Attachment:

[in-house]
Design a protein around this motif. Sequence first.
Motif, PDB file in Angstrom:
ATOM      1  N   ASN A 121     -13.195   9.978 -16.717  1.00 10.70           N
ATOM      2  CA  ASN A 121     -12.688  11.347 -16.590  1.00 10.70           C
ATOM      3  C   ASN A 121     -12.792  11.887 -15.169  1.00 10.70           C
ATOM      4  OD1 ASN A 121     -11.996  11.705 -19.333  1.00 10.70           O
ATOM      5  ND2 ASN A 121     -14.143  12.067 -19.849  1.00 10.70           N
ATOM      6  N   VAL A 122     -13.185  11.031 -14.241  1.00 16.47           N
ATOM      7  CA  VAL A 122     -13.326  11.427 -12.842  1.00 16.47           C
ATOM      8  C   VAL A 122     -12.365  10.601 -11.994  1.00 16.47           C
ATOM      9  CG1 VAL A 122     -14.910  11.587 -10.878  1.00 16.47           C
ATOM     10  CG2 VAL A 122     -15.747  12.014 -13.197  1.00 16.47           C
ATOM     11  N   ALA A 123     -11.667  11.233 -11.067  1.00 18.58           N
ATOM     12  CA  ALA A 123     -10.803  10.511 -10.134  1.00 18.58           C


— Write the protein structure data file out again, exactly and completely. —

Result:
[in-house]
Design a protein around this motif. Sequence first.
Motif, PDB file in Angstrom:
ATOM      1  N   ASN A 121     -13.195   9.978 -16.717  1.00 10.70           N
ATOM      2  CA  ASN A 121     -12.688  11.347 -16.590  1.00 10.70           C
ATOM      3  C   ASN A 121     -12.792  11.887 -15.169  1.00 10.70           C
ATOM      4  OD1 ASN A 121     -11.996  11.705 -19.333  1.00 10.70           O
ATOM      5  ND2 ASN A 121     -14.143  12.067 -19.849  1.00 10.70           N
ATOM      6  N   VAL A 122     -13.185  11.031 -14.241  1.00 16.47           N
ATOM      7  CA  VAL A 122     -13.326  11.427 -12.842  1.00 16.47           C
ATOM      8  C   VAL A 122     -12.365  10.601 -11.994  1.00 16.47           C
ATOM      9  CG1 VAL A 122     -14.910  11.587 -10.878  1.00 16.47           C
ATOM     10  CG2 VAL A 122     -15.747  12.014 -13.197  1.00 16.47           C
ATOM     11  N   ALA A 123     -11.667  11.233 -11.067  1.00 18.58           N
ATOM     12  CA  ALA A 123     -10.803  10.511 -10.134  1.00 18.58           C